Smart Phones Track Deals for Shoppers

November 29, 2010 by
Smart phones and tablet computers with the best GPS tracking and Internet access are expected to emerge this holiday season not only as top gifts but also as indispensable tools to make shopping easier, more efficient and more economical.

Deal-conscious consumers who are rapidly warming to online shopping can use their phones and iPads to locate merchandise, get directions to stores, research products and compare prices, all while on the go.

A National Retail Federation survey found that more than 1 in 4 of the estimated 60 million to 70 million smart phone users in the United States planned to use them to shop this holiday season. Among 18- to 29-year-olds, the number increases dramatically, to about half.

The effects on the shopping experience could be enormous as the number of smart phone and tablet-computer users grows.

Shoppers can scan a bar code with their smart phones to check the price of the item at stores all over town, and can also check reviews from other consumers to determine whether a gift will be a hit or a dud. Sometimes they find that online prices can be lower than at brick-and-mortar stores, particularly if the shipping is free. If the best price is at an online store with free shipping, shoppers can use their phones to order and pay for the item.

The new devices are a game-changing technology for retailers, who have been given a new vehicle to inexpensively engage and communicate with customers. If an item is moving slowly, retailers can mark it down and blast the sale information instantly to customers' cell phones. If a new shipment of a high-demand, previously out-of-stock product comes in, retailers quickly can notify customers of its availability.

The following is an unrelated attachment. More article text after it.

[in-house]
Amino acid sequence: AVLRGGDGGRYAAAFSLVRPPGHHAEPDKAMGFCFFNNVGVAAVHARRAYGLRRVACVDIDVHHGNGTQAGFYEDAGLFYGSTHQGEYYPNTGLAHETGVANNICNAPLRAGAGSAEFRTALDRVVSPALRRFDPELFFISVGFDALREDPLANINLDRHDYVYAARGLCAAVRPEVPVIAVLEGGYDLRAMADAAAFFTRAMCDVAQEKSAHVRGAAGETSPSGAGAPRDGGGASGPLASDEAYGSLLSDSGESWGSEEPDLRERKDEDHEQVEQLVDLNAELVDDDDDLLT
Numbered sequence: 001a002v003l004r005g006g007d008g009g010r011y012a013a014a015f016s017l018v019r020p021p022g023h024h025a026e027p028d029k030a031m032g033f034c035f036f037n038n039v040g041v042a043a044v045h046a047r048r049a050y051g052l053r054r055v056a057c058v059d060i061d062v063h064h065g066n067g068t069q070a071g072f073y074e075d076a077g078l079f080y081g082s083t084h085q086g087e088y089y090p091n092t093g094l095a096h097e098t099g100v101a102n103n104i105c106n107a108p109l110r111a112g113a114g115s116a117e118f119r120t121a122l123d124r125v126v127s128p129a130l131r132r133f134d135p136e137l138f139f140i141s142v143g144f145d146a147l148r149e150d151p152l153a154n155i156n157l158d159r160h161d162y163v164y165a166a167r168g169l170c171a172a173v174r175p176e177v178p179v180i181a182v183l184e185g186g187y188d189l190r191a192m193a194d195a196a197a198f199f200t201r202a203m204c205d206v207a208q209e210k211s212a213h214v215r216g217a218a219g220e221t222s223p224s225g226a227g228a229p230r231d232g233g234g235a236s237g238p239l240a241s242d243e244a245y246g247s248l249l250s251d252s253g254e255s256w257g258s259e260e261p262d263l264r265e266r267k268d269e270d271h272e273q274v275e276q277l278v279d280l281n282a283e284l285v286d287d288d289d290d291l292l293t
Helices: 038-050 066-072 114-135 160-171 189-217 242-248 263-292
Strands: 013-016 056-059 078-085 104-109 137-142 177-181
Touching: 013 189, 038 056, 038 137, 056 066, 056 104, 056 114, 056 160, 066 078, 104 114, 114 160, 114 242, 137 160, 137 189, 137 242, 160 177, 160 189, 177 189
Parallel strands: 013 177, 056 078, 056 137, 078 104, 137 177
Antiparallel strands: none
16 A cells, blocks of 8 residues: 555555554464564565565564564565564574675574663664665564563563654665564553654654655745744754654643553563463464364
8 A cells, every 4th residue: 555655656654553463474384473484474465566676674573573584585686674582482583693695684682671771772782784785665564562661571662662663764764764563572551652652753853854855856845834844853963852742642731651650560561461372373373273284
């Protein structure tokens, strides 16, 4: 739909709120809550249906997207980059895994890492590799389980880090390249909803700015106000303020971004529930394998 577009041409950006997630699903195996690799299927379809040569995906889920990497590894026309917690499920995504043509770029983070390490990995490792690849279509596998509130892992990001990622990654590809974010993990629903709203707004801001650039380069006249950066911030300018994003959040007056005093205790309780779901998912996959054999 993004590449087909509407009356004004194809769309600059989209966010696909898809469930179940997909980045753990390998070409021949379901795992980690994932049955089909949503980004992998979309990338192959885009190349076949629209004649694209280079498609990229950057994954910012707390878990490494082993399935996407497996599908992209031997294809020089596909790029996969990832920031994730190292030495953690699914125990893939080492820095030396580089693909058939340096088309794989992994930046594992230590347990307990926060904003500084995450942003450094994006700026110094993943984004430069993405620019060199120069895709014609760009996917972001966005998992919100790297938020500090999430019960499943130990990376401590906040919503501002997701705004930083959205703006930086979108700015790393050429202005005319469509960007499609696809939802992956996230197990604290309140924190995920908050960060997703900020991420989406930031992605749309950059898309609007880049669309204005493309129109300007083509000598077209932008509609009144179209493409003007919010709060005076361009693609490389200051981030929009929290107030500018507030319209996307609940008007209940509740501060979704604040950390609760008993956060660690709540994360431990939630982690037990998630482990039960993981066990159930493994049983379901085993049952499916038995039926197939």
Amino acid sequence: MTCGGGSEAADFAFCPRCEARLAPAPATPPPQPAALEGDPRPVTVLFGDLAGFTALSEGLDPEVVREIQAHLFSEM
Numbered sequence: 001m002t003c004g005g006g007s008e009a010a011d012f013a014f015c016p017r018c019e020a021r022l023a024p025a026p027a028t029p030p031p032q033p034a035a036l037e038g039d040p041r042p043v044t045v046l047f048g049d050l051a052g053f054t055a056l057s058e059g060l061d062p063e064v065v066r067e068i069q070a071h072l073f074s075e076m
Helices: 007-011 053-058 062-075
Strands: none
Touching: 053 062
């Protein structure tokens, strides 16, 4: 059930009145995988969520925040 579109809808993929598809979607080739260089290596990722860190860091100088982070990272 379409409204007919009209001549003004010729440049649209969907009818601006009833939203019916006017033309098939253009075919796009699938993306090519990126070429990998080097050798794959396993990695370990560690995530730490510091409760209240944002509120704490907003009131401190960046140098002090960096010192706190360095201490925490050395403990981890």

"It's all about reaching customers where they are," said Bob Friedland, a spokesman for Toys R Us.

Sarah Ingham of Phoenix, Ariz., recently used her Android phone to visit two of her favourite stores: the Shop at Cooper-Hewitt, National Design Museum and the MoMA Store at the Museum of Modern Art, both in New York.

"They have some incredible things," she said.

Simon Buckingham, CEO of Appitalism, a clearinghouse for smart phone apps, estimates there are more than 25,000 programs related to shopping and retail. This year, they include a growing number of applications related to Black Friday.

Most major retailers now offer free smart phone applications that allow consumers to connect to their websites with the touch of a button. On the sites, consumers can find the nearest store, check hours, peruse recent ads and fliers, chat on Facebook and Twitter pages, order products and pay for purchases.

For example, Target customers can download coupons to their smart phones that can be scanned at checkout. They also can use their phones to scan products' quick-response codes in the company's Christmas catalogue to access more information and make a purchase.



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